Family medicine: $189,912.

• Internal medicine: $201,805.

• Pediatrics: $188,276.

• Geriatrics: $186,422.

Contrast that with the mean incomes for a sampling of specialists:

• Anesthesiology: $446,568.

• Cardiology (invasive): $533,326.

• Gastroenterology: $539,957.

• Orthopedics (spine): $777,988.

I believe the policy might want to be skewed towards allowing more specialists into the country rather than the lower end of the pay spectrum which under the PPACA, income will be skewed towards. I do not believe $250,000 annually is that much in an annual salary and tends towards the upper end of the middle income bracket.

$100 billion is a nice chunk of change; but in the scheme of things there are bigger fish to fry such as cleaning up the inefficiency of Medicare which as Maggie Mahar points out could save as much as $300 billion annually. More could be saved also by allowing Medicare to negotiate more of their needs in pharma and medical/hospital supplies.

What is sustainable growth for healthcare? Glenn Follette and Louise Sheiner in their study "AN EXAMINATION OF HEALTH-SPENDING GROWTH IN THE UNITED STATES: PAST TRENDS AND FUTURE PROSPECTS took on the CBO's analysis of sustainable healthcare in their study. The end result is healthcare is sustainable at 1% annual growth. EOM December Medicare was at 2.4% and commercial insurance was at ~7% proving it can be done if the right approaches are taken.

More later when I have some more time.

ProGrowthLiberal said...

Even conservative Greg Mankiw supports Dean's proposal. In fact, his blog has made the case for allowing well trained foreign doctors to migrate to the US.

rosserjb@jmu.edu said...

I would agree with Bill that we should let more specialists in, although we are perceived to have a shortage of primary care physicians. That our health care system has all sorts of weird distortions is not surprising. This is one of the reasons I get frustated when discussing this issue with libertarians/conservatives who declare that free markets are always more efficient. I think everybody reading this probably knows that although our system is much more private sector oriented than other OECD nations, including being the only one not insuring everybody, even after ACA and in spite of the dictum of even Friedrich Hayek in the Road to Serfdome (yes, he was for universal national health insurance), our health care is far more expensive than any other nation's, but with embarrassingly bad health outcome.s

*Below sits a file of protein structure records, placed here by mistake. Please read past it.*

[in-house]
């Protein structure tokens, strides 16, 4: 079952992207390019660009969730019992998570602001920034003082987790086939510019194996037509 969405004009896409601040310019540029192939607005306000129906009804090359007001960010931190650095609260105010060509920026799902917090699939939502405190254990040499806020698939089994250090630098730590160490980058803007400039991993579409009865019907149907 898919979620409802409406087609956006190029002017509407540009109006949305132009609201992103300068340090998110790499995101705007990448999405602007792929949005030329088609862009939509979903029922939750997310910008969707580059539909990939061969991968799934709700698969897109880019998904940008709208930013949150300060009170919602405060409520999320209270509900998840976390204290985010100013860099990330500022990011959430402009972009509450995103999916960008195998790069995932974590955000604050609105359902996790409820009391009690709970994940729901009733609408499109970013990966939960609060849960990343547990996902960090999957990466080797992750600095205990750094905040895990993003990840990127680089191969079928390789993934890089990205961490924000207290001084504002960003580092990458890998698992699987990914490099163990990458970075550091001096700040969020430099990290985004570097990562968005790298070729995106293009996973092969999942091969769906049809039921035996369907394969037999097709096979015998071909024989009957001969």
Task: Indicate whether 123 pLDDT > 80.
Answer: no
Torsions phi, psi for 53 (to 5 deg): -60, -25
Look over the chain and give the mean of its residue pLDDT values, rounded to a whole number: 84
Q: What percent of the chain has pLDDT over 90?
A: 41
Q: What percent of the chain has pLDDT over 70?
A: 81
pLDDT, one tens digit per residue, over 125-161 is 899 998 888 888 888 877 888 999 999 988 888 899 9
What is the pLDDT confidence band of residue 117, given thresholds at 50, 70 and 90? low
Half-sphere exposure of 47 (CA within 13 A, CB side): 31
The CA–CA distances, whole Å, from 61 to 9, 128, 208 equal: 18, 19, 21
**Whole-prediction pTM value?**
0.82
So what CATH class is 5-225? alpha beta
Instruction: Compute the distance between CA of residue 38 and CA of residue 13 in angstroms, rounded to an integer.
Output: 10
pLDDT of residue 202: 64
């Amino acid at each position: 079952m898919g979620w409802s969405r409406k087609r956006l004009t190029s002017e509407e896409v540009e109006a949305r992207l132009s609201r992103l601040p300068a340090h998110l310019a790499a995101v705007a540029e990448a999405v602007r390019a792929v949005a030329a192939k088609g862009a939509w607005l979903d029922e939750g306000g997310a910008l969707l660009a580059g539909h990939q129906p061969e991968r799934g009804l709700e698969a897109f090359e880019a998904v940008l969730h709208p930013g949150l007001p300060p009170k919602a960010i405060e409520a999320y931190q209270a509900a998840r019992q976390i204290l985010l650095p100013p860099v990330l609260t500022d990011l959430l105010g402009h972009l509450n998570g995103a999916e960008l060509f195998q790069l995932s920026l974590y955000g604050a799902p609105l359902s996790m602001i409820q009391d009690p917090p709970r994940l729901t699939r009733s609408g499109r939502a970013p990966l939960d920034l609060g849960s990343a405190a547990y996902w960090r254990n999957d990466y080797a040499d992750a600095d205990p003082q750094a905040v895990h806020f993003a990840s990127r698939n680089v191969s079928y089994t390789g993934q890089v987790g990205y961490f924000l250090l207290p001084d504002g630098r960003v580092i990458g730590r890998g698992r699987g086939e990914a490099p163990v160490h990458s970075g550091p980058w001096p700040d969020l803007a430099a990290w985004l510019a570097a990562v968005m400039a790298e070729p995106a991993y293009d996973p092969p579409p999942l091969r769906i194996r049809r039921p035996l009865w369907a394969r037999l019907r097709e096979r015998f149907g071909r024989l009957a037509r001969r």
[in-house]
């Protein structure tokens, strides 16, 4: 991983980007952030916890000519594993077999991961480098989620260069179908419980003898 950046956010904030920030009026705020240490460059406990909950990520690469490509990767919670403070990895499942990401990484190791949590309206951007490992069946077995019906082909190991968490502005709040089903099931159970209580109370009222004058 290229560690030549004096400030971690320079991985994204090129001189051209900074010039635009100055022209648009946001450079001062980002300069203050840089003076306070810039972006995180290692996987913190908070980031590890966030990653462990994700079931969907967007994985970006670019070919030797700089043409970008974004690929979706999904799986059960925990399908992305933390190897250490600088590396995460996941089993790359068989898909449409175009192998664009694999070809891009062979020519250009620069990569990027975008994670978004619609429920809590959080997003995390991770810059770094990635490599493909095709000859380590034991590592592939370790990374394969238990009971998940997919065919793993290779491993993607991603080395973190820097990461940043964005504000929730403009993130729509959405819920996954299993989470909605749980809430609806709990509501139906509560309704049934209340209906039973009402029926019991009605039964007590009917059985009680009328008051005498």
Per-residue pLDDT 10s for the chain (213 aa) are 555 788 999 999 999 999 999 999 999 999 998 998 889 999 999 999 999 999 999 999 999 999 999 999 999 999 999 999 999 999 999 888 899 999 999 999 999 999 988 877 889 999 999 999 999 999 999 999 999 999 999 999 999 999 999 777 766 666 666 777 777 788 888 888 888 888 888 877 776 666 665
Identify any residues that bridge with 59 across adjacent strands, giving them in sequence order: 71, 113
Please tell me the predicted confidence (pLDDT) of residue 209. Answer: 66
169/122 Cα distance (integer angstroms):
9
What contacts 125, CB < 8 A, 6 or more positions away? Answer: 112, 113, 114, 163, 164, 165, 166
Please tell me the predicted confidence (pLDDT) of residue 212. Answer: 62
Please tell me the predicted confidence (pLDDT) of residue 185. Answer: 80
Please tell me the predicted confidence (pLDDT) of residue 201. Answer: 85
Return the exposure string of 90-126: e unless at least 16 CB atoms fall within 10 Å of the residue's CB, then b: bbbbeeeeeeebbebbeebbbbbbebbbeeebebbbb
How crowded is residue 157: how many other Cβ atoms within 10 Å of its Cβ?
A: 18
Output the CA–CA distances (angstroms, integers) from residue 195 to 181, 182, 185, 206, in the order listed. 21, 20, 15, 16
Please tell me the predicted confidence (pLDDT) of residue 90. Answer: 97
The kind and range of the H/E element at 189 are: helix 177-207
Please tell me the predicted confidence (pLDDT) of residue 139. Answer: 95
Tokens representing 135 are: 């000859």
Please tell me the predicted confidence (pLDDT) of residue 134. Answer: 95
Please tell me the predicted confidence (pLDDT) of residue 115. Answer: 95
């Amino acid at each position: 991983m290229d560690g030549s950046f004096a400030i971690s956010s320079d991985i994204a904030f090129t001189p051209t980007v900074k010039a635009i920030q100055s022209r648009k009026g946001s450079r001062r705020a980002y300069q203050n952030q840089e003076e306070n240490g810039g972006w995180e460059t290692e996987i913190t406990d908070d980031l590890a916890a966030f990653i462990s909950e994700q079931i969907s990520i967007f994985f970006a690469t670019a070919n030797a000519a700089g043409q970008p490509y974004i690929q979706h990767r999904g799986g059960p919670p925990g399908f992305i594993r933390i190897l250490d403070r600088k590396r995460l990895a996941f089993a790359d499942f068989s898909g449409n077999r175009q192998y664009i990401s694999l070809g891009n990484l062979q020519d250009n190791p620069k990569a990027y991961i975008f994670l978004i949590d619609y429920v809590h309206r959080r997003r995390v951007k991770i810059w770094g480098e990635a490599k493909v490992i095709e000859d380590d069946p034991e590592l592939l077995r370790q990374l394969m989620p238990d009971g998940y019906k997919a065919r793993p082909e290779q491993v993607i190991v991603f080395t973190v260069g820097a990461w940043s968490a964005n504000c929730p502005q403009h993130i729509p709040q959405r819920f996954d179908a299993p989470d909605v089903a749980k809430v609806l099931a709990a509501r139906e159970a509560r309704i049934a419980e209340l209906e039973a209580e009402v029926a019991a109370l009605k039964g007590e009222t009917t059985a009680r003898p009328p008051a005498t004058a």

Bill H aka run75441 said...

PGL:

That Greg Mankiw might agree with a certain course of action does not make it a truism. Come on PGL, you are grasping at straws here. The bulk of helathcare costs is in the Service for Fees cost model. Change the cost model from selling the chrome trim on the service to something which makes sense such as a more efficient engine and we have a better outcome. Understand the dynamics of today's healthcare if you wish to change it.

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Chogavl Dave said...

But isn't how a phenomenon actually works long evening dress closely tied into how it's perceived? I think you're giving debt too much credit (ha). It's not physics, it's about agreements between people, which are inherently cultural and affected by how people perceive debt. The experience of giving/receiving debt would inevitably be influenced by those kind of perceptions. I don't really care about this guy's book but to just throw out an entire field of inquiry like that is kind of harsh, to say the least.